The following was originally published in SIAM News in June of 1994, and then modified by Greg Welch in May of 2004 to correct and update some information.
Rudolf E. Kalman, a graduate research professor emeritus at the University of Florida and ad personam chair at the Swiss Federal Institute of Technology in Zurich, and Andrew J. Majda, a professor of mathematics and of applied and computational mathematics at Princeton University, were among the 60 new members and 15 foreign associates elected to the National Academy of Sciences in April.
The election of Kalman, a control theorist who is "without a doubt the most influential researcher in the field," provides "additional evidence, if more was needed, that the field of systems and control is now an established part of mathematics and science," says Eduardo Sontag of Rutgers University. Kalman is best known for the linear filtering technique that he developed in the years 1959-1961 (from 1960 on partly in collaboration with Richard Bucy) to strip unwanted noise out of a stream of data. The Kalman filter is widely used in navigational and guidance systems, radar tracking, sonar ranging, and satellite orbit determination (for the Ranger, Apollo, and Mariner missions, for instance), as well as in fields as diverse as seismic data processing, nuclear power plant instrumentation, and econometrics. (See "Engineers Look to Kalman Filtering for Guidance" in the August 1993 issue of SIAM News, page 8, for a discussion of the origin, function, and extraordinary usefulness of the Kalman filter.)
The Kalman filter, which is based on the use of state-space techniques and recursive algorithms, revolutionized the field of estimation. The filter was the first major contribution in Kalman's influential work in control theory, Sontag observes. Sontag and Yutaka Yamamoto of Kyoto University, both former students of Kalman's, provided SIAM News with the following summary of Kalman's work:
"During the 1960s, Kalman was the leader in the development of a rigorous theory of control systems. Among his many outstanding contributions were the formulation and study of most fundamental state-space notions (including controllability, observability, minimality, realizability from input/output data, matrix Riccati equations, linear-quadratic control, and the separation principle) that are today ubiquitous in control. While some of these concepts were also encountered in other contexts, such as optimal control theory, it was Kalman who recognized the central role that they play in systems analysis. The paradigms formulated by Kalman and the basic results he established have become an intrinsic part of the foundations of control and systems theory and are standard tools in research as well as in every exposition of the area, from undergraduate engineering textbooks to graduate-level mathematics research monographs. During the 1970s Kalman played a major role in the introduction of algebraic and geometric techniques in the study of linear and nonlinear control systems. His work since the 1980s has focused on a system-theoretic approach to the foundations of statistics, econometric modeling, and identification, as a natural complement to his earlier studies of minimality and realizability."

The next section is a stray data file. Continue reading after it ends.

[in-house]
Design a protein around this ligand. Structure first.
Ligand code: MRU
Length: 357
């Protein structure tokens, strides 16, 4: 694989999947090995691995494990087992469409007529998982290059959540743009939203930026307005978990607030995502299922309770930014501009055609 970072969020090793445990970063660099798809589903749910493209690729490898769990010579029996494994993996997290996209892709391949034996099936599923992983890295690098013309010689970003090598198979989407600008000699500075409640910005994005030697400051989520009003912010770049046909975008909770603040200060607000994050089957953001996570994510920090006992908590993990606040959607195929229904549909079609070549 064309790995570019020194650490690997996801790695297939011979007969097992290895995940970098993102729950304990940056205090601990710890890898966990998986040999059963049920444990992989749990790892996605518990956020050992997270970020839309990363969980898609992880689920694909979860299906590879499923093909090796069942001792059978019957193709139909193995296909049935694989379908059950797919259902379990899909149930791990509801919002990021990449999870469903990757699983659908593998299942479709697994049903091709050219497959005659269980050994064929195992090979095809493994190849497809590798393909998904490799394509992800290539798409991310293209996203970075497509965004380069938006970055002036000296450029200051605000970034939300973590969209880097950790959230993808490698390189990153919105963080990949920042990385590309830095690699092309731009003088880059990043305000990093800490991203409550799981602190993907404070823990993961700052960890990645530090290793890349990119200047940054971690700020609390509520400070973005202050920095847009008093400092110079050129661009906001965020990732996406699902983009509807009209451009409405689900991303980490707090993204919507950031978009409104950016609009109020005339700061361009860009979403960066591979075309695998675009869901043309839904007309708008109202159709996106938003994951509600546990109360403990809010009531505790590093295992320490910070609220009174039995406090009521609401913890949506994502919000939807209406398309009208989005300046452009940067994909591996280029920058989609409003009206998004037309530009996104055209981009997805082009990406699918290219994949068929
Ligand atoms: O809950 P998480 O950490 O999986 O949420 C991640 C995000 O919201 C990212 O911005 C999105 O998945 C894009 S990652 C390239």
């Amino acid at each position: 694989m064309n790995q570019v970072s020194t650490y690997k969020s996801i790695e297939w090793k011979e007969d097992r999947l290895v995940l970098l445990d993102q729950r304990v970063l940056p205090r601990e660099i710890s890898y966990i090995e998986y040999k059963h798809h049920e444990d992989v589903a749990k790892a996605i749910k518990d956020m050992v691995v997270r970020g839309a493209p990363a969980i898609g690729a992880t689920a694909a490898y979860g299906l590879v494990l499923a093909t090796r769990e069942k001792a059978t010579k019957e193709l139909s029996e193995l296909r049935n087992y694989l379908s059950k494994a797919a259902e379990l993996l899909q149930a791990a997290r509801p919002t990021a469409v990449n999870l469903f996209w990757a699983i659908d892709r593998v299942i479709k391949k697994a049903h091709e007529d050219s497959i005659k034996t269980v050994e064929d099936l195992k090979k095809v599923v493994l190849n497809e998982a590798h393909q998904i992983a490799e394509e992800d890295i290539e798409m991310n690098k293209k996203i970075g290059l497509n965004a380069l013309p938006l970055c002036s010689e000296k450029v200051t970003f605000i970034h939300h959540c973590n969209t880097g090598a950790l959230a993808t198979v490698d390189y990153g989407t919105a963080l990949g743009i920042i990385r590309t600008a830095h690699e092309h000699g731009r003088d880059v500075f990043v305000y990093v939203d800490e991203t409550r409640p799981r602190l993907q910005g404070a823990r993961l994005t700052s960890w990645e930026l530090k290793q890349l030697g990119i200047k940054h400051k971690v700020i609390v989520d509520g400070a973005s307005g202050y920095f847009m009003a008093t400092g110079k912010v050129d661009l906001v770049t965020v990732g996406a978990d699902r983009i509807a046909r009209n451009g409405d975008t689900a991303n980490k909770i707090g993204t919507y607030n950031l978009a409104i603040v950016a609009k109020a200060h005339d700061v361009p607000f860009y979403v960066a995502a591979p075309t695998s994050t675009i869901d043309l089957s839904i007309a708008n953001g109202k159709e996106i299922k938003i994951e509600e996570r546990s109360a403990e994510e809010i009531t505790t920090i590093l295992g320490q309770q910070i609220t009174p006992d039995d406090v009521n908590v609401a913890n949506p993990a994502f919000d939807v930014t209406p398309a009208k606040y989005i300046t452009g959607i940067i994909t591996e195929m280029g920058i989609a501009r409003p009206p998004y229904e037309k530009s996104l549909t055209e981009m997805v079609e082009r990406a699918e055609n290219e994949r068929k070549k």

Born in Hungary, Kalman received his SB and SM degrees from the Massachusetts Institute of Technology (1953, 1954) and his DEngSci from Columbia University (1957). In the early years of his career he held research positions at IBM and at the Research Institute for Advanced Studies (RIAS) in Baltimore. From 1964 to 1971, he was at Stanford University. In 1971, he became a graduate research professor and director of the Center for Mathematical System Theory at the University of Florida, retiring with emeritus status in 1962; concurrently he held an "ad personam" chair in Mathematics at the Swiss Federal Institute of Technology (ETH) in Zurich from 1973 through statutory retirement in 1997. Kalman's contributions to control theory and to applied mathematics and engineering in general have been widely recognized. In 1985, he was one of the laureates of the Kyoto Prize, inaugurated in that year by the Inamori Foundation of Japan. The Kyoto prize is sometimes referred to as the "Japanese Nobel prize." It recognizes "outstanding intellectual or creative activities which have significantly enriched the human experience," but which are outside the five categories specifically designated in Alfred Nobel's will. Kalman received the first Kyoto Prize in the field of advanced technology. Among Kalman's other honors are the Institute of Electrical and Electronics Engineers' highest award, the Medal of Honor (1974), and the American Mathematical Society's Steele Prize (1986), which recognized the fundamental importance of the papers on linear filtering Kalman published in 1960 and 1961. Prior to his election to the National Academy of Sciences, Kalman has been elected member of the French, Hungarian, and Russian Academies of Sciences and of the National Academy of Engineering, as well as Fellow of the American Academy of Arts and Sciences.
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May 1, 2004